AMI Live Web Conference 2020 – Speaker Summaries

April 9, 2020

Compiled by Ashley Scott, IGHN Key Correspondent/MSc Global Health TCD

Ms. Emily O’Reilly, EU Ombudsman: Opening Remarks:

Ms Emily O’Reilly described how research capacity and access have come sharply into focus with the COVID 19 pandemic. Inequalities in access to medicine are already more affected, and she asked how will this play out if and when the Covid-19 vaccine arrives? How will differences in power of governments affect the distribution of vaccines and PPE? The gap between developed and developing world with HIV/AIDS was clear, with many factors involved in deciding who received antiretrovirals, long after they were needed. Governments will play an important role in determining how and when the covid-19 pandemic will be resolved. The ombudsman plays a role in ensuring that patients are protected by ensuring that pharmaceutical companies are truthful and fair in their manufacturing and distribution. This will be ensured with the COVID-19 vaccine.


Panel 1: Is the Current R&D Model Fit for the COVID-19 Challenge?

Prof Sam McConkey, Professor Infectious Diseases, RCSI; COVID-19 Treatments on the Horizon

Prof Sam McConkey described how he has been watching Covid-19 outbreak since January. He describes how the quickest way forward is to reprofile an existing registered medicine, and many current drugs that are being tested. Alternatively, a new drug will need to be developed which takes approximately 3-7 years before it is available. These drugs are being developed for three purposes: prevention of the virus, an antiviral at an early stage to reduce the impact of the virus and treatment for an inflammatory cascade. Funding of research and medication development depends on patenting and pharmaceutical companies involved. We need to look at new ways of developing drugs and rewarding development in an equitable way. 

Prof Luke O’Neill, School of Immunology, TCD; A Frenzy of Activity: Vaccines, Antibodies, Anti-Virals and Anti-Inflammatories to Crack COVID-19

Prof Luke O’Neill describes how the spotlight is on politicians, healthcare workers, scientists and the drug discovery business. Pharma companies, biotechnology and drug pricing will change drastically as a result of this, and hopefully for the good.

He described how BCG vaccines are a powerful immunostimulant and were given for Tuberculosis and Measles. It boosts innate immunity and there are currently seven trials underway to see the effect on Covid-19. It may provide a non-specific boost that might protect you against Covid-19, but it is still experimental and being tested and handwashing and social distancing is still of vital importance. Johnson & Johnson is at the forefront of drug research and production funding for Covid-19. 41 vaccines are being tested, 23 anti-inflammatories are in trials, and 6 antivirals are being tested, however we need to wait for double blind placebo-controlled trial. Hydroxychloroquine has shown some evidence of antiviral protection, however has side-effects such as dysfunctional dysrhythmias. He remained optimistic and emphasised the need for scientific rigor in research.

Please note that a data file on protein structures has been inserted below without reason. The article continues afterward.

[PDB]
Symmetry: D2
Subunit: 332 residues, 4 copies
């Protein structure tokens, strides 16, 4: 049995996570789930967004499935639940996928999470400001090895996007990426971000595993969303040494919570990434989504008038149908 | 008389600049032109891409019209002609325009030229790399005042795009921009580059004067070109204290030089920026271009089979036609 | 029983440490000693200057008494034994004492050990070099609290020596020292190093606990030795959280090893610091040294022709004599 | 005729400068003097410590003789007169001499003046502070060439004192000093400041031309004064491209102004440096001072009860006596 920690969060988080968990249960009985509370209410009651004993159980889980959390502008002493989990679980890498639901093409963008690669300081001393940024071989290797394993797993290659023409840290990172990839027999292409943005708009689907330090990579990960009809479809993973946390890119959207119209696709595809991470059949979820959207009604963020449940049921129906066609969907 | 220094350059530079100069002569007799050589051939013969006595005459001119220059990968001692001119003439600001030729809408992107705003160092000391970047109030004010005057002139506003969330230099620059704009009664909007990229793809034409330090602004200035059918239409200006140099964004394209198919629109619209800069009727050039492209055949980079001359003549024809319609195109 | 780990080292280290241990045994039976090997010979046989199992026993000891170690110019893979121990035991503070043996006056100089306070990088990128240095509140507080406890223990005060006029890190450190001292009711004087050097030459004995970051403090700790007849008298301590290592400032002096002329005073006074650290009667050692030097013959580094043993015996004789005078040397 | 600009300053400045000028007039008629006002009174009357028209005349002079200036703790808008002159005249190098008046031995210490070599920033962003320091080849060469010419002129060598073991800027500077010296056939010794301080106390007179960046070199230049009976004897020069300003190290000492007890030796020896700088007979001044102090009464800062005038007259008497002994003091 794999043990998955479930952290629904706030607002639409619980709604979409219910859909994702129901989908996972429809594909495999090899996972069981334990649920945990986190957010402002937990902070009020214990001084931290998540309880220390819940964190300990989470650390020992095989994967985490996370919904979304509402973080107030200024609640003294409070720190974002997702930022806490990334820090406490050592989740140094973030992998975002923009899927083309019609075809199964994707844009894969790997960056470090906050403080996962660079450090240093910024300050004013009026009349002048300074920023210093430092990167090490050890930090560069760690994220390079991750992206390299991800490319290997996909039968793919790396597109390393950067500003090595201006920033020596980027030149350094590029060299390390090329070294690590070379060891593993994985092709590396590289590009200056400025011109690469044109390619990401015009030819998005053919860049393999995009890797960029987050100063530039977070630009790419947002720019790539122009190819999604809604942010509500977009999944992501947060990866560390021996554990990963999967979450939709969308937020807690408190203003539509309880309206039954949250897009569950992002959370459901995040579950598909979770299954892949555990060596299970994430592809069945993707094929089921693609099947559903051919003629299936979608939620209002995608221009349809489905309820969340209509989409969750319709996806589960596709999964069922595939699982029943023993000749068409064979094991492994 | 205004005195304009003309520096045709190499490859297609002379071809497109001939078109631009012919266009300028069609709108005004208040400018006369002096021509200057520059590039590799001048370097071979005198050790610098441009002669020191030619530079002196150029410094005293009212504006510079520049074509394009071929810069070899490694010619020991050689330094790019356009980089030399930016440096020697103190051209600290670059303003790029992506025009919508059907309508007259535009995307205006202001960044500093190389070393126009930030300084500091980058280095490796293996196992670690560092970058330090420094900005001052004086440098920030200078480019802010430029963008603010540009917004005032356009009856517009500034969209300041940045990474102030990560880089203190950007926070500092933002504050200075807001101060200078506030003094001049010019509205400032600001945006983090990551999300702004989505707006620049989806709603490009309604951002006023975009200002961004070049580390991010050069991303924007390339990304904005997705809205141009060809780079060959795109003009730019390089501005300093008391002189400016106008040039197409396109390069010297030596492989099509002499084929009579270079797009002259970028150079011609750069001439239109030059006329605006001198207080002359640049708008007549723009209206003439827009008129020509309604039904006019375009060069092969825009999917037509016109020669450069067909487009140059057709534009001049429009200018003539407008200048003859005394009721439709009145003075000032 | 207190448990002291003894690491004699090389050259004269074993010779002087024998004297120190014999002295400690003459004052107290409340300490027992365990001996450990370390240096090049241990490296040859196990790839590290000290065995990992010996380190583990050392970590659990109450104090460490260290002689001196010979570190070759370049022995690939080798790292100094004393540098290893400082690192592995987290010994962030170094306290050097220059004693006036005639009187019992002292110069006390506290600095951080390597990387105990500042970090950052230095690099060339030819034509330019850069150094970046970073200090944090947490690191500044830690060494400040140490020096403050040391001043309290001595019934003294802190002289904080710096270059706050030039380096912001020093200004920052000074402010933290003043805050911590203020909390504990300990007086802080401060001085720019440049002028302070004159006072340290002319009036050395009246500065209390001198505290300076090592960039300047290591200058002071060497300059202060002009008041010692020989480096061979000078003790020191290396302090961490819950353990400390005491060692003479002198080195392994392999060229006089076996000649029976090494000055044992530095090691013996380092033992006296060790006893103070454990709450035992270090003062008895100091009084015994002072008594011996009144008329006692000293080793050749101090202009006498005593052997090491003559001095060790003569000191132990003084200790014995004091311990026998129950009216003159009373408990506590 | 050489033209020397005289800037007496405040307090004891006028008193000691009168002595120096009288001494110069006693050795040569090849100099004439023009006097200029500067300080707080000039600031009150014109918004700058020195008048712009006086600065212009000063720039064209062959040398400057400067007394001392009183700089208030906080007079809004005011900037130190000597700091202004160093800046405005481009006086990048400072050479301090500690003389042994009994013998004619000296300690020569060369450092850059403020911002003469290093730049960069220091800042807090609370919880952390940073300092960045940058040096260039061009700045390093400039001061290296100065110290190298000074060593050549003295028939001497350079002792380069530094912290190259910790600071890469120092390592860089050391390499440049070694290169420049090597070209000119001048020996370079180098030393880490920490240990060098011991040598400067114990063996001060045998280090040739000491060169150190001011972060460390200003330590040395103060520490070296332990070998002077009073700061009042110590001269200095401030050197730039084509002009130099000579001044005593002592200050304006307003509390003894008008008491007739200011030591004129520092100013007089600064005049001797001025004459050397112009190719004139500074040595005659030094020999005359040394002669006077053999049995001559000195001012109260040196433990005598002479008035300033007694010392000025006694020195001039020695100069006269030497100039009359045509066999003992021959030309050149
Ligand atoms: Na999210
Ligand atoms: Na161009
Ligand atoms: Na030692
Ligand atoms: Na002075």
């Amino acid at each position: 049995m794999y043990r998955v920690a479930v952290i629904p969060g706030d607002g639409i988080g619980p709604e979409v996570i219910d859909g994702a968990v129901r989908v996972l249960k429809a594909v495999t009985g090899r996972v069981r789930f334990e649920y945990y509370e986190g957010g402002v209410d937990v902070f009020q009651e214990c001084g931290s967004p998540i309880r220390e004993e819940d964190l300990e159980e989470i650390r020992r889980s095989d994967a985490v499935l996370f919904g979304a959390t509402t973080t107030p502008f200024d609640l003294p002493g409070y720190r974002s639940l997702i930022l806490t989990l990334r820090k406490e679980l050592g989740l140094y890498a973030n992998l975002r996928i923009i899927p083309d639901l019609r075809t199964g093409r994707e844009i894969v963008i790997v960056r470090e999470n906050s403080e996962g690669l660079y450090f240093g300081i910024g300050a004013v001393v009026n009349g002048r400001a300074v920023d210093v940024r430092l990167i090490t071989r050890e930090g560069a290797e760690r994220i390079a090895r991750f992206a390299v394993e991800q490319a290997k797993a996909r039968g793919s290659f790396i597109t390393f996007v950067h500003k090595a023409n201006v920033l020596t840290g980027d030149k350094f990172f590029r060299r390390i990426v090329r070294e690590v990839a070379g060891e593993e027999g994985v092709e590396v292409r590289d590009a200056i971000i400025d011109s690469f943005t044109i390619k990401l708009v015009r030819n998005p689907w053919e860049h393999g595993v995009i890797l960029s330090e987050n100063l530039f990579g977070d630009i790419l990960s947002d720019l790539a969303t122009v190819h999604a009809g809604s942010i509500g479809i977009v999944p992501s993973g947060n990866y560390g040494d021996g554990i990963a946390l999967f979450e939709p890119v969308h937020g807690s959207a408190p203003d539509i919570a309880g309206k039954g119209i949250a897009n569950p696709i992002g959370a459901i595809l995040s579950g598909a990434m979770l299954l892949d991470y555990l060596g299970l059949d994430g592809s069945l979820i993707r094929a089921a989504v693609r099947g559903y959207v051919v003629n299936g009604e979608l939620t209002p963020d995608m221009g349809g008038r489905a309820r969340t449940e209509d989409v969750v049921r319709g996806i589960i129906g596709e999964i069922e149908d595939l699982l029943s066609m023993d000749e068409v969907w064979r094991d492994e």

Dr. Andrew Hill, University of Liverpool; Drug Shortages during the COVID-19 Crisis

Described how he looks at costing for drug production. He described an active pharmaceutical ingredients database, where cost per kg of drug ingredients are listed to track the cost of drug to make compared to the selling price. If the clinical trials for treatments work, they are hoping for the drug cost to be $1 per person per day. Hopefully medication could be mass produced, using Global fund or PEPFAR (The U.S. President’s Emergency Plan for AIDS Relief) models to guide selling of drugs at prices close to cost production.

Dr. Ellen ‘t Hoen, Medicine Law and Policy; COVID-19: Learning from the Past

Dr Ellen described how the likelihood of cost-effectiveness of testing and treatment for all nations at the start of development will be low. Drug companies have so far been pushing to try and find ways of profiting from Covid-19 drug development. Political pressure is required to put pressure on drug companies for fairness. The Irish government has responded to issues regarding intellectual properties and international patent law has been changed to lift the monopoly on drugs. Public sector investment in medicine and vaccine development is needed and offers options to attach conditions to production at lower prices. She described the WHO Covid-19 Technologies pool, recommended by Costa Rica as a place for Covid-19 information and development to be shared and this is gaining rapid, significant support. However, Pharmaceutical company buy in is required and more governments need to support this.


Panel 2: COVID-19: The Opportunity for Socio-Cultural and Political Reform

Ms. Kay Curtin, Patient Advocate; Living with the Uncertainty of not having Access to Treatment